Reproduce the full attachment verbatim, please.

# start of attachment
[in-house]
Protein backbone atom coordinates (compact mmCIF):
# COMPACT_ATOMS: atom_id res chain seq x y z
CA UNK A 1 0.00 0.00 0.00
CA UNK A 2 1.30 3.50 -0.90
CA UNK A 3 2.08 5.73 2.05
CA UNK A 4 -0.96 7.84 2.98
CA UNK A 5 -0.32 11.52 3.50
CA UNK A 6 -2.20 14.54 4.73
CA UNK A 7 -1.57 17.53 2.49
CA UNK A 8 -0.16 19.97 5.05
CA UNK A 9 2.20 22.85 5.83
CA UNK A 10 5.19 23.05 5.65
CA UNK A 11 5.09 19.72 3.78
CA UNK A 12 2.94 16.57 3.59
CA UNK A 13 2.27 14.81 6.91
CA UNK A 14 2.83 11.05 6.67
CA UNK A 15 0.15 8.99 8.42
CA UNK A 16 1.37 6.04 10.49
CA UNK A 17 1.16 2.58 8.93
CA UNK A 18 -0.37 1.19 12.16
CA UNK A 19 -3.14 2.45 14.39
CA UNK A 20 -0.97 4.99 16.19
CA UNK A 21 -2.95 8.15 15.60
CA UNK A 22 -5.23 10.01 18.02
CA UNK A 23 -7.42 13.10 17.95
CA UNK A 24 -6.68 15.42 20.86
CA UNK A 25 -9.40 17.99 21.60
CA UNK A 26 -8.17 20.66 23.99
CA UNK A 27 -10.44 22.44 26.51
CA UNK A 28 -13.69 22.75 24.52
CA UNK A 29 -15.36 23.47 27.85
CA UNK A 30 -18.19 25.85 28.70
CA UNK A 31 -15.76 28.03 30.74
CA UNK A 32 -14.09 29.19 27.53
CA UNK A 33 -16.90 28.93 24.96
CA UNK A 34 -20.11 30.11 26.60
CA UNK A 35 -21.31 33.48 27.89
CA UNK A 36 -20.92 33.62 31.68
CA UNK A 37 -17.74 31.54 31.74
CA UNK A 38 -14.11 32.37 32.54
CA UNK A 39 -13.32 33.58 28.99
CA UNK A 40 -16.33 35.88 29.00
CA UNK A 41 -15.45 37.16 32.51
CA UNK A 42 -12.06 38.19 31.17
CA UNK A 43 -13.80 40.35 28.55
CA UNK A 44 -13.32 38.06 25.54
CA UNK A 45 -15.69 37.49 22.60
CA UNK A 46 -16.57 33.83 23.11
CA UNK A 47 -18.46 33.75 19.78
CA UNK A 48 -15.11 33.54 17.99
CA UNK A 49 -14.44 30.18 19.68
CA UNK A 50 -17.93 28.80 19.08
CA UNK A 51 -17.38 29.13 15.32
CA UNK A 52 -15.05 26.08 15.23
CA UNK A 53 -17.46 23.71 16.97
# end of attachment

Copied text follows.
[in-house]
Protein backbone atom coordinates (compact mmCIF):
# COMPACT_ATOMS: atom_id res chain seq x y z
CA UNK A 1 0.00 0.00 0.00
CA UNK A 2 1.30 3.50 -0.90
CA UNK A 3 2.08 5.73 2.05
CA UNK A 4 -0.96 7.84 2.98
CA UNK A 5 -0.32 11.52 3.50
CA UNK A 6 -2.20 14.54 4.73
CA UNK A 7 -1.57 17.53 2.49
CA UNK A 8 -0.16 19.97 5.05
CA UNK A 9 2.20 22.85 5.83
CA UNK A 10 5.19 23.05 5.65
CA UNK A 11 5.09 19.72 3.78
CA UNK A 12 2.94 16.57 3.59
CA UNK A 13 2.27 14.81 6.91
CA UNK A 14 2.83 11.05 6.67
CA UNK A 15 0.15 8.99 8.42
CA UNK A 16 1.37 6.04 10.49
CA UNK A 17 1.16 2.58 8.93
CA UNK A 18 -0.37 1.19 12.16
CA UNK A 19 -3.14 2.45 14.39
CA UNK A 20 -0.97 4.99 16.19
CA UNK A 21 -2.95 8.15 15.60
CA UNK A 22 -5.23 10.01 18.02
CA UNK A 23 -7.42 13.10 17.95
CA UNK A 24 -6.68 15.42 20.86
CA UNK A 25 -9.40 17.99 21.60
CA UNK A 26 -8.17 20.66 23.99
CA UNK A 27 -10.44 22.44 26.51
CA UNK A 28 -13.69 22.75 24.52
CA UNK A 29 -15.36 23.47 27.85
CA UNK A 30 -18.19 25.85 28.70
CA UNK A 31 -15.76 28.03 30.74
CA UNK A 32 -14.09 29.19 27.53
CA UNK A 33 -16.90 28.93 24.96
CA UNK A 34 -20.11 30.11 26.60
CA UNK A 35 -21.31 33.48 27.89
CA UNK A 36 -20.92 33.62 31.68
CA UNK A 37 -17.74 31.54 31.74
CA UNK A 38 -14.11 32.37 32.54
CA UNK A 39 -13.32 33.58 28.99
CA UNK A 40 -16.33 35.88 29.00
CA UNK A 41 -15.45 37.16 32.51
CA UNK A 42 -12.06 38.19 31.17
CA UNK A 43 -13.80 40.35 28.55
CA UNK A 44 -13.32 38.06 25.54
CA UNK A 45 -15.69 37.49 22.60
CA UNK A 46 -16.57 33.83 23.11
CA UNK A 47 -18.46 33.75 19.78
CA UNK A 48 -15.11 33.54 17.99
CA UNK A 49 -14.44 30.18 19.68
CA UNK A 50 -17.93 28.80 19.08
CA UNK A 51 -17.38 29.13 15.32
CA UNK A 52 -15.05 26.08 15.23
CA UNK A 53 -17.46 23.71 16.97